Create Your Own Custom Fonts Using CorelDRAW (Part I) | CorelDRAW! Tips & Tricks By Steve Bain The challenge of tackling your own font design can be daunting without the right tools. Fortunately, CorelDRAW Graphics Suite has everything you need to design your own custom logotype font or typeface design. It’s no small wonder that typing a few words gives you the ability to communicate across boundless distances in near limitless ways. We routinely email, digitally publish, post online, blog, and text with one another. It isn’t difficult to create a digital font. In this two-part tutorial, I’ll explore how you can benefit from creating your own font. Although the instructions, step sequences, illustrations, and resource files provided with this tutorial were created using CorelDRAW X3, generally any CorelDRAW version (all the way back to version 3) can be used to create letter shapes and export font files. Benefits of Designing Custom Fonts Designing your own typeface is a creative endeavor that can yield significant rewards. Deciding on a Font Design Style Like this:
7 Ways to Survive a Lit Review [Image by Flickr user JKim1 and used under Creative Commons License This summer I experienced a grad student rite of passage: crafting a review of literature. The way was fraught and I had to overcome everything from an avalanche of articles (let’s just say my snowball method raged out of control) to a complete inability to conceive of any kind of organization. I also developed fascinating new ways to procrastinate. Thankfully, I follow #phdchat on Twitter, and the participants’ sage words on the process helped me move from a state of near paralysis to fruitful, concentrated writing sessions. How I felt before How did I do it? 1. Search tools: I relied heavily on the electronic resources at my University’s library, including databases and search techniques suggested on the library’s website. 2. 3. 4. 5. 6. 7. What are your survival tips for the Lit Review?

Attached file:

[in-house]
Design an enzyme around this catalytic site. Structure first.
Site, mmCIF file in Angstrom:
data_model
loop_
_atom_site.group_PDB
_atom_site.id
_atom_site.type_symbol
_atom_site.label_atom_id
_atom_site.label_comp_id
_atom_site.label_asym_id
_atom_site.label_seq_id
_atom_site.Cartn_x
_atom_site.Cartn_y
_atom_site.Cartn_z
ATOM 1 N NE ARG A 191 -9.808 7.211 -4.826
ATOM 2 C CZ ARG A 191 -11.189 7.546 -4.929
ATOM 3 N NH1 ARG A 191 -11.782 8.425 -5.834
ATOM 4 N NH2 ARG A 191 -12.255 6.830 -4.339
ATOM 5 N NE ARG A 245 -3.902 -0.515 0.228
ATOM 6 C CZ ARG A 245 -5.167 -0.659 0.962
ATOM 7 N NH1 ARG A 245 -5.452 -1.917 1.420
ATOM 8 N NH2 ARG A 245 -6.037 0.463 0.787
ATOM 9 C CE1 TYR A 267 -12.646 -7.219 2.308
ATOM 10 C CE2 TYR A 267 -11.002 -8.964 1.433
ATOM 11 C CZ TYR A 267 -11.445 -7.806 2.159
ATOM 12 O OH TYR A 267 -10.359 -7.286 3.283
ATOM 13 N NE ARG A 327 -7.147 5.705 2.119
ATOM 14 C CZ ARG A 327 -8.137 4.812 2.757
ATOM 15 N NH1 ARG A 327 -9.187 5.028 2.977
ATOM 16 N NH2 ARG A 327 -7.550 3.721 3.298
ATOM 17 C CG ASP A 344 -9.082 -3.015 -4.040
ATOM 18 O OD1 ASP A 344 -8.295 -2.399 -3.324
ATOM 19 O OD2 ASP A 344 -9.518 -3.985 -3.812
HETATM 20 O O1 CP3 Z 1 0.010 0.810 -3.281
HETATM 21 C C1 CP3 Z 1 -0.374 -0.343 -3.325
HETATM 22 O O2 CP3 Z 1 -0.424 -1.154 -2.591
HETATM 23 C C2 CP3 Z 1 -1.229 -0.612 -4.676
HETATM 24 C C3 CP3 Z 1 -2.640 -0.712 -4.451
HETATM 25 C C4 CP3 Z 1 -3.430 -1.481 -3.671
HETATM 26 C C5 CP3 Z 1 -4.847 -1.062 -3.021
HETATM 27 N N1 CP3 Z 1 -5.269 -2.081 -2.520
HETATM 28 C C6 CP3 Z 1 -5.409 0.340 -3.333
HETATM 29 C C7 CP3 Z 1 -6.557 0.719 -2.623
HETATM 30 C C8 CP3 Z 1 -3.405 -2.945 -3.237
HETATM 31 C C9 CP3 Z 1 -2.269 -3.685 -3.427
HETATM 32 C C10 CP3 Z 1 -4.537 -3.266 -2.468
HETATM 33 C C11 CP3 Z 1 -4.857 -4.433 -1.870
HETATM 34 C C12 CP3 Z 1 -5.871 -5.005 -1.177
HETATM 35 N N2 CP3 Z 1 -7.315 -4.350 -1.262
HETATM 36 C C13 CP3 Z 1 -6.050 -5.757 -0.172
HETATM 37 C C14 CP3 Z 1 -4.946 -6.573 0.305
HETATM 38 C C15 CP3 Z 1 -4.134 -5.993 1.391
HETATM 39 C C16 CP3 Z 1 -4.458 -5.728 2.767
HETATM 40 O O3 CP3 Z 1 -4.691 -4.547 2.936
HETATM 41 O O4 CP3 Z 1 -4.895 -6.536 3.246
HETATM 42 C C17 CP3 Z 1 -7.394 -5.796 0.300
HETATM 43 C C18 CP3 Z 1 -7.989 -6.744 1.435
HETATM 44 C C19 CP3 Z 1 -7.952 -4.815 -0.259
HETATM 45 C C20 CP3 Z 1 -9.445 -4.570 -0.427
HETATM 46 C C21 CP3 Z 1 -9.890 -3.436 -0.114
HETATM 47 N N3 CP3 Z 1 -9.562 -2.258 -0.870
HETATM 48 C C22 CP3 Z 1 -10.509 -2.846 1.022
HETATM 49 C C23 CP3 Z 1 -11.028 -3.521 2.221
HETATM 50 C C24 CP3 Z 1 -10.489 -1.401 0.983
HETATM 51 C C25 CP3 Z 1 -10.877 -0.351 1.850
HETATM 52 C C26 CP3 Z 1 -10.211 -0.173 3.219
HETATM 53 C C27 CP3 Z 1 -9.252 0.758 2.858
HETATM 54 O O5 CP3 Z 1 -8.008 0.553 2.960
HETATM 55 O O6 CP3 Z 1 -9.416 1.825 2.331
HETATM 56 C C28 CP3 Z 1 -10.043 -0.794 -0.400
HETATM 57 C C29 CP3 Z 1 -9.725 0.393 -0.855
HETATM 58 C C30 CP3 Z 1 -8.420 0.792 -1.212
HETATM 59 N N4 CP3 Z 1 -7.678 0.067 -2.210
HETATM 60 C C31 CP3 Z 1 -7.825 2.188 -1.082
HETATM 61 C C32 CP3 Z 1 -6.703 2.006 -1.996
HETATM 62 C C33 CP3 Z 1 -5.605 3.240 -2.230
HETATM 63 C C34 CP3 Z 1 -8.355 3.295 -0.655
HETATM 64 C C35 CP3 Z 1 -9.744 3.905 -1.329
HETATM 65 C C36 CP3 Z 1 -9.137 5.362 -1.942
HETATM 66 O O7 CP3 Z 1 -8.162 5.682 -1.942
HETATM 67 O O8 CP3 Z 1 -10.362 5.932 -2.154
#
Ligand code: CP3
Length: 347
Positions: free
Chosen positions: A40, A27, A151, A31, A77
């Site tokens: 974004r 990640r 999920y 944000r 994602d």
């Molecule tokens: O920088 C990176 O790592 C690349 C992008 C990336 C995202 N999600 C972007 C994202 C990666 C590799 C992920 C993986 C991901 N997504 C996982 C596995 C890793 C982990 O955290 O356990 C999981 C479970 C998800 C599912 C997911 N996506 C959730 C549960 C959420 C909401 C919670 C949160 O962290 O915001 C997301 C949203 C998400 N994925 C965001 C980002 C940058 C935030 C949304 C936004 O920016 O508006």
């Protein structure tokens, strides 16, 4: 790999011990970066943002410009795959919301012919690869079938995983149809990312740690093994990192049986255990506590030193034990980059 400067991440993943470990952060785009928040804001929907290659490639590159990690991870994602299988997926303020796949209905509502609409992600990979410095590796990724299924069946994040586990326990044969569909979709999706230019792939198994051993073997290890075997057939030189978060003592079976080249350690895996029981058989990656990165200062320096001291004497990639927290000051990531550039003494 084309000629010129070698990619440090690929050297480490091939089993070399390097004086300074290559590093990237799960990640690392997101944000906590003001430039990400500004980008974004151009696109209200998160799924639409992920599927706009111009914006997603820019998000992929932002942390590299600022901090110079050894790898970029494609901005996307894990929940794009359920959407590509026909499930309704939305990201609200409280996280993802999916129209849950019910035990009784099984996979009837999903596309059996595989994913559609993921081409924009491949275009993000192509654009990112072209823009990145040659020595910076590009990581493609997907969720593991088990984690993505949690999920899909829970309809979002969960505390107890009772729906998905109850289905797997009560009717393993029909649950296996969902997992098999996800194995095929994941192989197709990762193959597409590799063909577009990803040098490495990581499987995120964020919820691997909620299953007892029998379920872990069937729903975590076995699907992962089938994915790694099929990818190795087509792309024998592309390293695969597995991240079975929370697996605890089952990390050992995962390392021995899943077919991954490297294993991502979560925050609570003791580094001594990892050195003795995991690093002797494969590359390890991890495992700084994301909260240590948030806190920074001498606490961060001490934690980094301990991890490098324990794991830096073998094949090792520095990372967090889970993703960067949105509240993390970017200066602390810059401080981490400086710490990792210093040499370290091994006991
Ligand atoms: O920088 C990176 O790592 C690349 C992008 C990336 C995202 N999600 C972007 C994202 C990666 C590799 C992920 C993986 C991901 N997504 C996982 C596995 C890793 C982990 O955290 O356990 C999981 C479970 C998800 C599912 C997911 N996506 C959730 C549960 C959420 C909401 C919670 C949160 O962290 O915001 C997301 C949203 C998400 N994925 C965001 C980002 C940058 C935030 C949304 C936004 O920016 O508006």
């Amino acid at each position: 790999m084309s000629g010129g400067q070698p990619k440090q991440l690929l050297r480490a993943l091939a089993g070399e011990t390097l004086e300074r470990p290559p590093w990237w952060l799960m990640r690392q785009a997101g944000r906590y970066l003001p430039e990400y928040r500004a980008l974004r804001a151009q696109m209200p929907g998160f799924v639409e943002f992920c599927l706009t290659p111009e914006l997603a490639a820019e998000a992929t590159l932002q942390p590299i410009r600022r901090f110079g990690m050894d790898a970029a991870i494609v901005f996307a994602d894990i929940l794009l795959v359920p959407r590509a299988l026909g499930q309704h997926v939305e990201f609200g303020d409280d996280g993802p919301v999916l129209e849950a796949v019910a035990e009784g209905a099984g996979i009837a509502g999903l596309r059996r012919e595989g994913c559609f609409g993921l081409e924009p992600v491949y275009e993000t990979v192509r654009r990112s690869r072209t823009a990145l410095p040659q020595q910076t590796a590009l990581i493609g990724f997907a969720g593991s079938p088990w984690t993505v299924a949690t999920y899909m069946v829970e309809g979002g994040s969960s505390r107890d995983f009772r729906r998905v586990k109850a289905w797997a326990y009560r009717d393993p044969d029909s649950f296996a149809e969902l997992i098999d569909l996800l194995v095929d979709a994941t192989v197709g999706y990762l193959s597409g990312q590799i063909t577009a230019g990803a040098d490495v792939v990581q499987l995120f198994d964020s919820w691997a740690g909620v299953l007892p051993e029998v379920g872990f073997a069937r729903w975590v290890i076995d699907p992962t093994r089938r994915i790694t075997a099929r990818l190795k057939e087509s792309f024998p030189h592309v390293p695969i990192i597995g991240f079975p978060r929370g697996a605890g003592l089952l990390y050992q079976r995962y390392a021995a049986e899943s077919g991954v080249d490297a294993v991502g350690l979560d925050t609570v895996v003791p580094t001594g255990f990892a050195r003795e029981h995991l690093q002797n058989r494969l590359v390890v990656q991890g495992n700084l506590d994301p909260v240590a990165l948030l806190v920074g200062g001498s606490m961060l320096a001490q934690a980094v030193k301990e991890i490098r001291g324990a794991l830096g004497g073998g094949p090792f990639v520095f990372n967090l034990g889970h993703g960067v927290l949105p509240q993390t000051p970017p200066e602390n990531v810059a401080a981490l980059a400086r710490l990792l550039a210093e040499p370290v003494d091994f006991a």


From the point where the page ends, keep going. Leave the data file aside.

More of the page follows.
Hermann Zapf Specimens of typefaces by Hermann Zapf. Hermann Zapf (born November 8, 1918) is a German typeface designer who lives in Darmstadt, Germany. He is married to calligrapher and typeface designer Gudrun Zapf von Hesse. Zapf's work, which includes Palatino and Optima, has been widely copied, often against his will. The best known example may be Monotype's Book Antiqua, which shipped with Microsoft Office and was widely considered a "knockoff" of Palatino. Early life Zapf left school in 1933 with the ambition to pursue a career in electrical engineering. Introduction to typography Zapf was not able to attend the Ohm Technical Institute in Nuremberg, due to the new political regime. In 1935, Zapf attended an exhibition in Nuremberg in honor of the late typographer Rudolf Koch. Frankfurt A few days after finishing his apprenticeship, Zapf left for Frankfurt. War career World War II broke out in September, and Zapf's unit was to be taken into the Wehrmacht. Post-war
The Science of Looking Good in the Inbox CSSHow do I add margins to my image so text will wrap around it? Outlook 2007 and 2010 do not support the margin or padding CSS properties when placed within an image. Try using hspace and/or vspace:<img src=“ align=“left” vspace=“10” hspace=“10” /> Or add the additional spacing to the image itself (in pixels). CSSHow do I make a long text string wrap to the next line? If you have text within a table, for instance “aaaaaaaaaaaaaaaaa” and you want it to wrap, try adding this style: This is a Microsoft only property so it should not adversely effect other clients. CSSI see a 1px white border around my table cells. If you are using a background color in your table cell, you might see a 1px white border around the contents of the TD. Or you can add it inline:<td style=“border-collapse: collapse;”>... Check out this post from Campaign Monitor for more info. If you are trying to “right” or “left” align multiple nested tables, the fix is a little more involved.